Sara: The spreadsheet that I built to plan out these podcasts?
Keith: The spreadsheet for the podcast is a good example, right? But the -- and I don't even know how to say anything positive about myself in relationship to that because I value all of those things, but together, when we, I mean, what we found is not only when we respect what the other brings, pay attention to it, value it. The product that we wind up creating as an organization is better with both of those are three or four perspectives coming together, right? And folks, it's really hard to leverage the beauty and the potential that sits in the diversity of perspective, if we don't understand the diversity of perspective, right? So making this part of your learning, reading, discovery, self-discovery effort, it just it's what the most effective people do. That's the other reason by the way, I didn't think of this earlier, but that's the other reason that we put this in our programs is the most effective leaders have a deep, self-authored, self-aware understanding of what they do and don't bring in the things that they're working on, right? So -- did I exhaust that topic or no?
Sara: It was good, but back to how.
Sara: Take an assessment. Read it. And I think, you always say this, that it's kind of a "more-the-merrier", right? Obviously we like the Golden, we like the Enneagram, we like a number of different assessments that we feel are really true and valid and useful but you always kind of say just take anything, there's -- I'd searched this morning for free personality tests. 500 billion hits came up, I think.
Keith: No kidding? All right, so Sara actually was sharing with me a little bit earlier today about, she said, "OK, well, I'm going to go to one that looks really silly --" tell them this really quick.
Sara: I'm going to put you to the test because I want to say, how does somebody use something that's out there and free, how do I actually use this for growth? So I found a list of the five best free personality assessments.
Keith: OK, the five best.
Sara: The first one was the MBTI. Then the second one was Test Color and I thought, well, that sounds interesting and it was, who knows, 40 different color swatches and you just picked in order of your preference, the colors you like and then the colors told me my personality and then I read it and I thought, "Well, that sounds nice. Not sure it's me. Kind of 'horoscope-y' where everybody would feel good reading it, so let me take the opposite." So I did it again, picking my least favorite colors first. Got that report, and again, I thought, well, that kind of sounds like me, too. So then I called in Bethany, our co-worker, and had her read them and said, "Bethany. Which one of these do you think is me?" and she said, "Well, they both kind of sound like you," and then she picked the one that was the opposite of me and so I'm like, "OK, what do I do when I get an assessment that I don't know if it's valid, I don't know if it's useful, but here it is saying that I'm innovative, well-thought (whatever that means), careful and attuned to others"?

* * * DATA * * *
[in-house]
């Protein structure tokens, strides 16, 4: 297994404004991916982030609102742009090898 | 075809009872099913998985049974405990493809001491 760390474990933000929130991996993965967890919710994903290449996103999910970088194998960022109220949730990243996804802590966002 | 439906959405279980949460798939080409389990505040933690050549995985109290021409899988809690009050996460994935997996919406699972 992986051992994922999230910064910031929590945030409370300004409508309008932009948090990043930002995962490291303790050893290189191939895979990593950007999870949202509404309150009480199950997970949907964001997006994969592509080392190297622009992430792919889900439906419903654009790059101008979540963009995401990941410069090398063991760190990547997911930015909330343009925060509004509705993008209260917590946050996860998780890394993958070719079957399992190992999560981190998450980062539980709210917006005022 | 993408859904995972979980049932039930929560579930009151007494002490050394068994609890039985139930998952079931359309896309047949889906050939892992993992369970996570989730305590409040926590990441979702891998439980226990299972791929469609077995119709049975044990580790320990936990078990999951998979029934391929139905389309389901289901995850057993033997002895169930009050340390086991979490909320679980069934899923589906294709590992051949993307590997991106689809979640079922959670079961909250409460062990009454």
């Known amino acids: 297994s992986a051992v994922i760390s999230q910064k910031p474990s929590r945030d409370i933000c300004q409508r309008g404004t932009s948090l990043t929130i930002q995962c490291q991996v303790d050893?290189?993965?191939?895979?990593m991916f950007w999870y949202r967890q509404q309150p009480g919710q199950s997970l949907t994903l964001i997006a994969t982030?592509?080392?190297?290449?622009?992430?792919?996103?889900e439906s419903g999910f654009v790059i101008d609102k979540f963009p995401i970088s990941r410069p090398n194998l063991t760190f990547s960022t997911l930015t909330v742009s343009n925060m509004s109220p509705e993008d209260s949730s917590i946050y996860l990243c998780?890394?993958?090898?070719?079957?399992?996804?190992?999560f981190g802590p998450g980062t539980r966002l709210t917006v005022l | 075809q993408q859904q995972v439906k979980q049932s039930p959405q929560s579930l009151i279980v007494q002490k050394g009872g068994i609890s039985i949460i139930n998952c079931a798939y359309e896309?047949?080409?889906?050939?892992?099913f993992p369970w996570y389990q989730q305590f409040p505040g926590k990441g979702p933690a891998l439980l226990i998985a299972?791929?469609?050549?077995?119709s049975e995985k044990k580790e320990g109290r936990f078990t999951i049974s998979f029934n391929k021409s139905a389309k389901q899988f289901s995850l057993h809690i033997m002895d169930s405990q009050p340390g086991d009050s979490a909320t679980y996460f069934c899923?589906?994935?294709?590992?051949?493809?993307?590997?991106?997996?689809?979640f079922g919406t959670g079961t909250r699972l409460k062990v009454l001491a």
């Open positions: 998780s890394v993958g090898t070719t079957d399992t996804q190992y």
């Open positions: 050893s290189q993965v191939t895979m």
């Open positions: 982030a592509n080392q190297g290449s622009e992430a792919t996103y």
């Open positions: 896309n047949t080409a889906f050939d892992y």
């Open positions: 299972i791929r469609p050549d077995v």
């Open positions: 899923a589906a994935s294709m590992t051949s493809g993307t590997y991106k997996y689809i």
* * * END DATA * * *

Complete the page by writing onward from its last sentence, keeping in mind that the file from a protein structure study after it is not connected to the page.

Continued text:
Keith: Ok, there's some pieces in there.
Sara: Yeah. So how do I use this?
Keith: Well, I think as a -- I mean, OK, now you're like challenging, my "more the merrier" thing because I generally don't include horoscope-y kinds of things in the more the merrier.
Sara: Well, tell me if this sounds like me, the qualities that characterize my personality. My emotional intelligence, my organization abilities, my insight and my creativity. They don't feel like I'm creative. That's why I like design thinking.
Keith: Yeah, I think it's half-and-half, right? I think your desire to be creative is in there. So here's the thing, Sara, is that the way that you can use this is exactly the way you're using it at this very moment? To say, "I don't feel that creative, why would it say I'm creative? Maybe I should pay attention to myself for a couple of days and figure out if I'm doing more." I love the fact that you took it to Bethany, right, and then you said, "What do you see in this?" Right, and by the way, with almost any of these assessments, if you've got a dear friend, a trusted co-worker, a spouse, someone in the family to share your report with them and get their take on how you show up, I think that's a really strong idea as well, right? But the thing that happens and you know, if you just took it this morning, we're not going to see lens change for hours later, but over the next couple of days, you're going on vacation next week, right? It's like, "Wow. I mean, I kind of discounted that personality measure but it's interesting. A couple of things showed up. I wonder if I really am..." Right? Fill in the blank, but the thing that I hope I can say clearly enough for people to get is when I say to myself, even -- not even out loud, "I wonder if I really am?" -- that represents challenge and contradiction, it represents a little bit of challenge that my current lens, because I use the word "I wonder if" isn't making perfect sense of. If you could just dismiss it outright, like if it said something about "You are highly organized" after I took the thing, I'd have said the same --